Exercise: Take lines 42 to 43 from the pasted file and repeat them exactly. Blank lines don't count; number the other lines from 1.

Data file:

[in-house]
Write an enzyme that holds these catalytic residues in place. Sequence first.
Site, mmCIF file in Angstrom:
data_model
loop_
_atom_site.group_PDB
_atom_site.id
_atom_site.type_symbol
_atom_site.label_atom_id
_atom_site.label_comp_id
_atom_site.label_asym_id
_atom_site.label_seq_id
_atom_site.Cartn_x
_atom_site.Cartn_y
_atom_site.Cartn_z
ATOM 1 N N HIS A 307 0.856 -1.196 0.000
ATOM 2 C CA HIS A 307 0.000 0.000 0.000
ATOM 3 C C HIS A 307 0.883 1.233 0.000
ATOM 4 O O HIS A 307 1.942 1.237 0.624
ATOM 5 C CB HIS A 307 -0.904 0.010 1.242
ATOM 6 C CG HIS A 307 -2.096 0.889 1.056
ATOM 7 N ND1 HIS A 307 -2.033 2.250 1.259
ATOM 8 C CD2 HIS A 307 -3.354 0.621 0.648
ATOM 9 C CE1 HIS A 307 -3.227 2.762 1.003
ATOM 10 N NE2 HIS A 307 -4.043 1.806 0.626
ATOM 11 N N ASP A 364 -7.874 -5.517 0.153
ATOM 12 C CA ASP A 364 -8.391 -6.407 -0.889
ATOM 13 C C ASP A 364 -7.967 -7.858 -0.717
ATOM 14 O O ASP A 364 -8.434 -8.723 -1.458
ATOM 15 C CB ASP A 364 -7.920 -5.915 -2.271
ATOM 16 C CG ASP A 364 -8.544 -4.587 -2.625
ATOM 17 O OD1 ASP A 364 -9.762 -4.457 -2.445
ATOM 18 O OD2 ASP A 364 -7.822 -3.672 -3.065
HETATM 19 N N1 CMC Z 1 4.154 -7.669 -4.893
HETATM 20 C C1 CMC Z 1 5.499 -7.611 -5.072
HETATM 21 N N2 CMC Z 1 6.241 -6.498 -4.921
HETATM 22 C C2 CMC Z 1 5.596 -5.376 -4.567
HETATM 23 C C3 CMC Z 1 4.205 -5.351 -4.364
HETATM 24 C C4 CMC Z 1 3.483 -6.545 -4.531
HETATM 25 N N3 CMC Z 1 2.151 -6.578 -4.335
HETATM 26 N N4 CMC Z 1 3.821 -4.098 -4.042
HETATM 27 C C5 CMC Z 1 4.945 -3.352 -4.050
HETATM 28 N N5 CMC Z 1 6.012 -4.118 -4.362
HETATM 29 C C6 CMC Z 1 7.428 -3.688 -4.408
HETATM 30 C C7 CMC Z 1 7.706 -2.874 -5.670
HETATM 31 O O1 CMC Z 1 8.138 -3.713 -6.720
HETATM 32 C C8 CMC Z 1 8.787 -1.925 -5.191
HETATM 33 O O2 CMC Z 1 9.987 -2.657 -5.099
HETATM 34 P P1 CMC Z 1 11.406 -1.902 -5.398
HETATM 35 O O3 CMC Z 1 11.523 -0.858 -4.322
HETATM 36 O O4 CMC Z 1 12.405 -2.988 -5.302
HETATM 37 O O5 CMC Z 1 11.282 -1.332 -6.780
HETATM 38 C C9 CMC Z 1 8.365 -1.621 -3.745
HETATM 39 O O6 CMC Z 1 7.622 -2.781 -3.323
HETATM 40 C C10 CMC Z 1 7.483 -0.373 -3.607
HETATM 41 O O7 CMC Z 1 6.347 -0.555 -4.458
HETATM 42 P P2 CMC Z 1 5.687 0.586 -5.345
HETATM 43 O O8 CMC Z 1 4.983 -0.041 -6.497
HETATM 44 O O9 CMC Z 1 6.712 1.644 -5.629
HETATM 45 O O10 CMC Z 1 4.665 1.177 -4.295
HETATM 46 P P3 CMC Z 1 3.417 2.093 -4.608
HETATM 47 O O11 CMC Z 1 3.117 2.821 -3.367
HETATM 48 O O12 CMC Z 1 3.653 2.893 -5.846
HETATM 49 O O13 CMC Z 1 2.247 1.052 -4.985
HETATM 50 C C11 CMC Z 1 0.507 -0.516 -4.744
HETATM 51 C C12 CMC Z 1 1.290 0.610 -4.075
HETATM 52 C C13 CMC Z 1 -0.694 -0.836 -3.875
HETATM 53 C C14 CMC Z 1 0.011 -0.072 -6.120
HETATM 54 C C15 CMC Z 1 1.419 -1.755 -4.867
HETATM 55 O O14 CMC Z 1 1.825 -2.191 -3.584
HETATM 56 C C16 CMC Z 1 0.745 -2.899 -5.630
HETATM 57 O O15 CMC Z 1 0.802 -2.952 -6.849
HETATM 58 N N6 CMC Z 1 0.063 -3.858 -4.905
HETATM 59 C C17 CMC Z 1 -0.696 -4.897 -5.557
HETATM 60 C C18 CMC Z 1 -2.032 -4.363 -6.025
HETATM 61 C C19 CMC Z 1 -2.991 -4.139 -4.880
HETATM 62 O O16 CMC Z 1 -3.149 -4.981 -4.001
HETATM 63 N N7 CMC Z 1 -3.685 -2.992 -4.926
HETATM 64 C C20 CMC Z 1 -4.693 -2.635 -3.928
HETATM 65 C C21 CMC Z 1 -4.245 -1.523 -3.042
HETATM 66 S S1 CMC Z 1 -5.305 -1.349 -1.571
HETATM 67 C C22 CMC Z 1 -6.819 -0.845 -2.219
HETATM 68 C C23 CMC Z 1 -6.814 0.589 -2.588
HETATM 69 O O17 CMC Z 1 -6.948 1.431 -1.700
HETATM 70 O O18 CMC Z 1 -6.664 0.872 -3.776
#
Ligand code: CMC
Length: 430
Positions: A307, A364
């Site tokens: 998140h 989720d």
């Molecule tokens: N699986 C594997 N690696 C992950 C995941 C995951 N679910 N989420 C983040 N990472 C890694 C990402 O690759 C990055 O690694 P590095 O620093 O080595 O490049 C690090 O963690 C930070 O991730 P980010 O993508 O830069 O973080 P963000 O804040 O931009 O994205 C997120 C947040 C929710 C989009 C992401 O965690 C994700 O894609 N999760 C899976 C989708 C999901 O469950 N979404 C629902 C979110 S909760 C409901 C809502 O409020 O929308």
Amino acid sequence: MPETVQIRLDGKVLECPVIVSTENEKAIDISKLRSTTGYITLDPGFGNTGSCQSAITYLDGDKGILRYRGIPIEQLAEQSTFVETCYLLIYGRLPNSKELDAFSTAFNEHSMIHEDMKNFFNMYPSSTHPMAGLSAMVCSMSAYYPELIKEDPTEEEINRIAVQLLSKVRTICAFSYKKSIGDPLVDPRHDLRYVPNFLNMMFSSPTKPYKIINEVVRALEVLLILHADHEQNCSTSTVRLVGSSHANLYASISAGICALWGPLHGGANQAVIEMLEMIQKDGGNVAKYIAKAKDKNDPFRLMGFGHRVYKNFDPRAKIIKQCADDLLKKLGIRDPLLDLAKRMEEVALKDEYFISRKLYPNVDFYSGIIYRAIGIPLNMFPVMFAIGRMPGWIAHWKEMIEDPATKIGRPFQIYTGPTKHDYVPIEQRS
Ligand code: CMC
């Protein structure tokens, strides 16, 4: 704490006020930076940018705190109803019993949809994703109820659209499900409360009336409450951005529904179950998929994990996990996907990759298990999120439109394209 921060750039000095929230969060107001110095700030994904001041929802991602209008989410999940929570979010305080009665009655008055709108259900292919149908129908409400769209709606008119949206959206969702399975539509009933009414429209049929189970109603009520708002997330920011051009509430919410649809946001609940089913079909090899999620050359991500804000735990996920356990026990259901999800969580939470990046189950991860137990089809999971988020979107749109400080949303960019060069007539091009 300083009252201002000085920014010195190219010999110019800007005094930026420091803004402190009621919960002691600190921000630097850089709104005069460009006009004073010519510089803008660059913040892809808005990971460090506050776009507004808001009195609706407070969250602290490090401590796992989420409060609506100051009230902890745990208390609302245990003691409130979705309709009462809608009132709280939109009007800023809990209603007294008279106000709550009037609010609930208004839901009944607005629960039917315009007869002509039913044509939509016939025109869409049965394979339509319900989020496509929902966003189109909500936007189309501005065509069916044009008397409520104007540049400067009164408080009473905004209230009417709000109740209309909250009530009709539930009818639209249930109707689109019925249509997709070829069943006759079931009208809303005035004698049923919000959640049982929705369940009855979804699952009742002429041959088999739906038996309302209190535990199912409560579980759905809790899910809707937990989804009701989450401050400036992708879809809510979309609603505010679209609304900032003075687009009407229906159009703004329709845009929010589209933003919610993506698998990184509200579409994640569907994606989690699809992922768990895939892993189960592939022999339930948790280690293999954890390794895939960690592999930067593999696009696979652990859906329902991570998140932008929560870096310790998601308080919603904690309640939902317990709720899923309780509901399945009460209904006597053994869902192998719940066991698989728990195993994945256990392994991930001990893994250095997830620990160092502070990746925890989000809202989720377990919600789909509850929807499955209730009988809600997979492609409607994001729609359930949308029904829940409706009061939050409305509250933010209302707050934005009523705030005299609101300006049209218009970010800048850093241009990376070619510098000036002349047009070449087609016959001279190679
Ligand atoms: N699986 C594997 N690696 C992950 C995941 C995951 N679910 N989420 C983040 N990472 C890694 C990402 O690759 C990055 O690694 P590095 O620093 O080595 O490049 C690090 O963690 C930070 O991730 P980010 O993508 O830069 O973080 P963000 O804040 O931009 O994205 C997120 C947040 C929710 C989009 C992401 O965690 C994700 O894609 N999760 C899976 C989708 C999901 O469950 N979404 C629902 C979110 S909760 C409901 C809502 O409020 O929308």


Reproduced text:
HETATM 27 C C5 CMC Z 1 4.945 -3.352 -4.050
HETATM 28 N N5 CMC Z 1 6.012 -4.118 -4.362